Theology Thursdays: What does it mean that the Bible is “inspired”?
Updated: Nov 9, 2019
Inspiration is the breath (2 Tim. 3:16) of Creator God communicated through the words that make up the cannon of Scripture we call the Holy Bible. The inspiration of God is upon the words (or writings), not the authors. Why is this significant?
Although different books or sections of the Bible take on the author’s unique experience and literary style, the ideas or concepts did not originate from the author, but from God. Technically, God was the author and the ones who wrote the words were the scribes for God, but not The Origin of the words.
The word picture of “God breathed” (Gk. theopneustos or “from God’s breath”) is so vivid on the pages of the Holy Bible that it is almost as though you can smell God’s “coffee breath” from passages like Lam. 3:22-23 (“The steadfast love of the LORD never ceases, his mercies never come to an end; they are new every morning; great is your faithfulness.”) or the garlic from Rom. 9:6-14. It is so important that the reader of Scripture sees (smells) God’s being (or breath) through the author’s (little “a”) words.
If one is convinced of the inspiration of the Scripture then disobeying its principles and commands carries an undeniable responsibility.
Polycarp in 155 AD referred to the Old and New Testaments, as scripture. This is significant for many reasons, but foundationally in that his reference came only 50 years or so after the Gospels were written. Anyone could have denied him, but his claim was universally accepted and still holds today among the majority of theologians and even secular scholars.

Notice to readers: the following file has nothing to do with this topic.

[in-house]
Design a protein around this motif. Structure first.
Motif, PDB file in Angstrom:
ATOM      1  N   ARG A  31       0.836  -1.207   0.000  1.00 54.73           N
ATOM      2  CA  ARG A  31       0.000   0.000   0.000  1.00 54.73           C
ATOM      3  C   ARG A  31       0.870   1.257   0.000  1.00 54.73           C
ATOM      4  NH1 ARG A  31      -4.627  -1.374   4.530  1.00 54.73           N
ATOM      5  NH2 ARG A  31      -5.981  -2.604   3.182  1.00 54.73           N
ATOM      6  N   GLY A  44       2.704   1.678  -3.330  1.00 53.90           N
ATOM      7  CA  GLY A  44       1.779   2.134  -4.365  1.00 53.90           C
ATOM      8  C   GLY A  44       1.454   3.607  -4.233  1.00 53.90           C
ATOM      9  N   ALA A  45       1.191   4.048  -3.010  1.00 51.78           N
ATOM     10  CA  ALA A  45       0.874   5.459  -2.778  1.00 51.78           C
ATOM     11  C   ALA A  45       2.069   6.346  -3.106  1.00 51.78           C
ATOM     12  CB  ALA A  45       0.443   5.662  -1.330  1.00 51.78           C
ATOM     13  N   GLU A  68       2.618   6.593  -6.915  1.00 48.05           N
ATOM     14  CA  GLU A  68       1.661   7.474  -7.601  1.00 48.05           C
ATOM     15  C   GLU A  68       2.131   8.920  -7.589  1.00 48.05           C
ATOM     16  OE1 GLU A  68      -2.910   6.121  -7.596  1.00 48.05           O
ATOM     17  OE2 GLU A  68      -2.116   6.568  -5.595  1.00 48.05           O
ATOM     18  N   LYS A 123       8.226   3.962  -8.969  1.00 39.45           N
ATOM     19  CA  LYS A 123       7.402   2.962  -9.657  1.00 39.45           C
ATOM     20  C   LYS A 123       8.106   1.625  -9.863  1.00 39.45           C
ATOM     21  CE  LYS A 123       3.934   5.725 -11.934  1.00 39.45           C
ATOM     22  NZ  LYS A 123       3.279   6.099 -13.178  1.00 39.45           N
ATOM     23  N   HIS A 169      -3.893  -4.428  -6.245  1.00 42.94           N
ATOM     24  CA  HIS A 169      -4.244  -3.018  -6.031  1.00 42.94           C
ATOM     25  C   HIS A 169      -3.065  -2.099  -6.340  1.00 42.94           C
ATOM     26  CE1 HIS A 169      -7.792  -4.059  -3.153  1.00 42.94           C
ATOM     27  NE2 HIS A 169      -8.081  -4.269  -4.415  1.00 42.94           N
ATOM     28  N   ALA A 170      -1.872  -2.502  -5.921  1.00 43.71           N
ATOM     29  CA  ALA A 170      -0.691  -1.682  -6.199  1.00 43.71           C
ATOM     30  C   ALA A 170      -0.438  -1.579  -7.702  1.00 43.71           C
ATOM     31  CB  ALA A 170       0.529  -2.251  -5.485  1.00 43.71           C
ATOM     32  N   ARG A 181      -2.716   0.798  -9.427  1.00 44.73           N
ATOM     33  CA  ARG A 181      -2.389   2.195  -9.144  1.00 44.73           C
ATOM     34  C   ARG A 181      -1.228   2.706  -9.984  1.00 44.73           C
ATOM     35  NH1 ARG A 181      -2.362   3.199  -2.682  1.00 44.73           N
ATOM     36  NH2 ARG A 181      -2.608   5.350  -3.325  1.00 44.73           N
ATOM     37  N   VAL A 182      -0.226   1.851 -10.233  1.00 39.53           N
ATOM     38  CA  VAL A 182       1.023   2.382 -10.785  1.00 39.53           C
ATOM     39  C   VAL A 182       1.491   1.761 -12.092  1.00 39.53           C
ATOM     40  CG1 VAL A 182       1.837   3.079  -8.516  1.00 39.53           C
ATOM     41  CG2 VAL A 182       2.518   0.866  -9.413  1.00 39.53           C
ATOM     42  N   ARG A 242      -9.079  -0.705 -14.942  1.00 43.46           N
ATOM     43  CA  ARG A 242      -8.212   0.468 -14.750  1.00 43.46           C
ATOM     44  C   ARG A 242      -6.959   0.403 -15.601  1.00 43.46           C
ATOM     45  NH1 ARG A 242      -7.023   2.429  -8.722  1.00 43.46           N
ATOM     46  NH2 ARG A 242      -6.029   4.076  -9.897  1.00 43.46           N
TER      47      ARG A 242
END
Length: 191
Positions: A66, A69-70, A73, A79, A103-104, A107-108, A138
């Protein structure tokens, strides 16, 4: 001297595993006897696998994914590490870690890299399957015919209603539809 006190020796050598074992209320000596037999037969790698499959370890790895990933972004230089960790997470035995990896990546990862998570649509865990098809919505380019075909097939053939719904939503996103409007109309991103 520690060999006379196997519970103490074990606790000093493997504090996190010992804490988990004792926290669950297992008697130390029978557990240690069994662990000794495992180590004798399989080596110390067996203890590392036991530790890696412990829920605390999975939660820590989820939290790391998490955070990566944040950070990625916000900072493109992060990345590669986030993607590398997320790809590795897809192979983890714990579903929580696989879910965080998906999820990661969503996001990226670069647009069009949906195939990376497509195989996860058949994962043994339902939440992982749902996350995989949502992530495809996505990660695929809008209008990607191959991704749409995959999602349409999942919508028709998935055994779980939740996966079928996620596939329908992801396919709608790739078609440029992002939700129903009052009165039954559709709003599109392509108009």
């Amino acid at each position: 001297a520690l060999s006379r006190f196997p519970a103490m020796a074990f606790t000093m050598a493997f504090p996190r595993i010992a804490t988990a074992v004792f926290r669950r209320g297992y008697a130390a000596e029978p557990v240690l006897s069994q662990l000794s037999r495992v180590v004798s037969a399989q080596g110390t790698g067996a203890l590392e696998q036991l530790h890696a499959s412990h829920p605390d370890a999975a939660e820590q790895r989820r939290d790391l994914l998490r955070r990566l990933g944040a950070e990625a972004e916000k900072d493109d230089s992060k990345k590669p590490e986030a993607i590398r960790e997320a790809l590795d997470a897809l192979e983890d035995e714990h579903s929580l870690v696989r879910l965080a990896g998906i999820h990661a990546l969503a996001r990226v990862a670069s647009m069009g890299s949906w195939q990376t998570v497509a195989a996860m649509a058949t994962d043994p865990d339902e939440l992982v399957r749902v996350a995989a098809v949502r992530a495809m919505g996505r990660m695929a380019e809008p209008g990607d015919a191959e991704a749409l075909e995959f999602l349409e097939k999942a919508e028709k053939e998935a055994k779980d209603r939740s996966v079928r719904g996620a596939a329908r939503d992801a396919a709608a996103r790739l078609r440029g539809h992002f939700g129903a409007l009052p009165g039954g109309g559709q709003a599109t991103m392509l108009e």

2 Peter 1:19-20 says, “And we have something more sure, the prophetic word, to which you will do well to pay attention as to a lamp shining in a dark place, until the day dawns and the morning start rises in your hearts, knowing this first of all, that no prophecy of Scripture comes from someone’s own interpretation. For no prophecy was ever produced by the will of man, but men spoke from God as they were carried along by the Holy Spirit.”
 Paul Hartog, Polycarp and the New Testament: the Occasion, Rhetoric, Theme, and Unity of the Epistle to the Philippians and Its Allusions to New Testament Literature (Tub̈ingen: Coronet Books, 2002), 205.